He had grown up playing football (“I had one famous moment, playing for the German under-14 team”) and later, with the guidance of a colleague specialising in sports psychology at Strathclyde University, he used sports science to develop performance skills training for musicians. “I look at how we engage with each other, ask what are our core values, our motivation. What is important to you as a musician and as a person, how do you expect to be treated?”

Dr Strehle believes the Studio will offer a unique alternative to other young artists’ programmes, such as the Jette Parker scheme at the Royal Opera House, Covent Garden and the Harewood Young Artists scheme at English National Opera. “Laudable as they are, they are very much tied to a house and its programme. They have a different purpose,” he said.

He is not a big fan of competitions but sees that they have become an important part of establishing a singing career. “We will do a lot of preparation, modelled on sports training. If an event is six or eight weeks away, we will structure those weeks to the point where the singer will feel they have already been in the competition by the time it actually arrives,” he said. Aptitude and attitude training will encourage the young singer to view the challenge of competition as an opportunity to be musically expressive – without succumbing to pressure.

Mascarade Opera Studio believes very firmly in the tradition of bel canto singing, which, it maintains, fosters the most expressive and uniquely personal qualities in the human voice. The principles of sostenuto, legato, messa di voce, clear diction, warm vibrato and unified registration “are objectives to be made anew in the body, mind and voice of every artist”.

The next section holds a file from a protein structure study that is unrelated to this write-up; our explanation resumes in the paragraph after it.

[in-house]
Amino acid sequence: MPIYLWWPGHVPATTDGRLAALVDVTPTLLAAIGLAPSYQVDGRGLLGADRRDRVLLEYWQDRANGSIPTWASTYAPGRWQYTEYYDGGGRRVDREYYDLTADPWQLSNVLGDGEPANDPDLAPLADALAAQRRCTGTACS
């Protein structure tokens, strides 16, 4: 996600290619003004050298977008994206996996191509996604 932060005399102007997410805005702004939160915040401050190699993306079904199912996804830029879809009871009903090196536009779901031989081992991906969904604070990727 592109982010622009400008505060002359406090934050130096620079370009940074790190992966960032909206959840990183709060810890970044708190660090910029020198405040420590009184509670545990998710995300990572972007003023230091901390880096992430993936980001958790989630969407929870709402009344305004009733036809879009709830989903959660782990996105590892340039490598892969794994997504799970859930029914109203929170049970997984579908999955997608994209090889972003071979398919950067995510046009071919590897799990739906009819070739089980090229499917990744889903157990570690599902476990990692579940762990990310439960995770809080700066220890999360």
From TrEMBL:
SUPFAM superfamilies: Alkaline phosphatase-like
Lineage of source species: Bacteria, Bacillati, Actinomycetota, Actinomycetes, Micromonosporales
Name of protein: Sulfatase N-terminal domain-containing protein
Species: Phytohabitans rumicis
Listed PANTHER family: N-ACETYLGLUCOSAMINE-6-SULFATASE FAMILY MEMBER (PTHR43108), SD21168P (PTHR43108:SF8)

Running from September to June, the Studio will offer repertoire training, role study, language courses in Italian and German, acting, stagecraft and career management. Each singer will be given a role to study throughout the year with their allocated répétiteur. That role may be taken from the New Generation Festival’s forthcoming main summer production and that study may turn into a cover role for the Festival. Studio artists will also perform in recitals, masterclasses and in special orchestral showcases in Florence and Berlin, in front of the public and operatic agencies and industry professionals.

The Studio will also have residencies at Villa Medici Guilini in Milan, with the aim of embedding Mascarade’s influence firmly in the cultural fabric of Italy, not just in Florence. Fernanda Giulini is an honorary director of Mascarade Opera Studio and will host the residencies, where stars such as honorary president soprano Mariella Devia will work with the young artists.

Répétiteurs will receive regular coaching and technique classes as well as masterclasses designed to support their development as players, coaches and conductors. Emphasis will be placed on expressive detail, understanding of singers’ breathing, knowledge of operatic languages and the replication of orchestral colour and scale on the keyboard.

A key feature of the new Studio is the female majority on its artistic advisory board. Project coordinator Allie Crerar said: “Everyone on the advisory board has an amazing track record but I’m bowled over by some of the powerhouse women that we have: Jessica Cottis, Sam McShane, Anush Hovhannisyan, Carmen Santoro, Claudia Assmann and Susan Bullock. Following #MeToo and the Time’s Up movements, having these strong female voices – literally and figuratively – on the board and also on the teaching staff I hope means we can build the institution in the way that supports and provides equal opportunities and avoids the abuses of power and gender dynamics that have been a feature of the performing arts world for far too long.”

Click here to read more about Mascarade Opera Studio. 

This article was sponsored by Mascarade Opera Studio.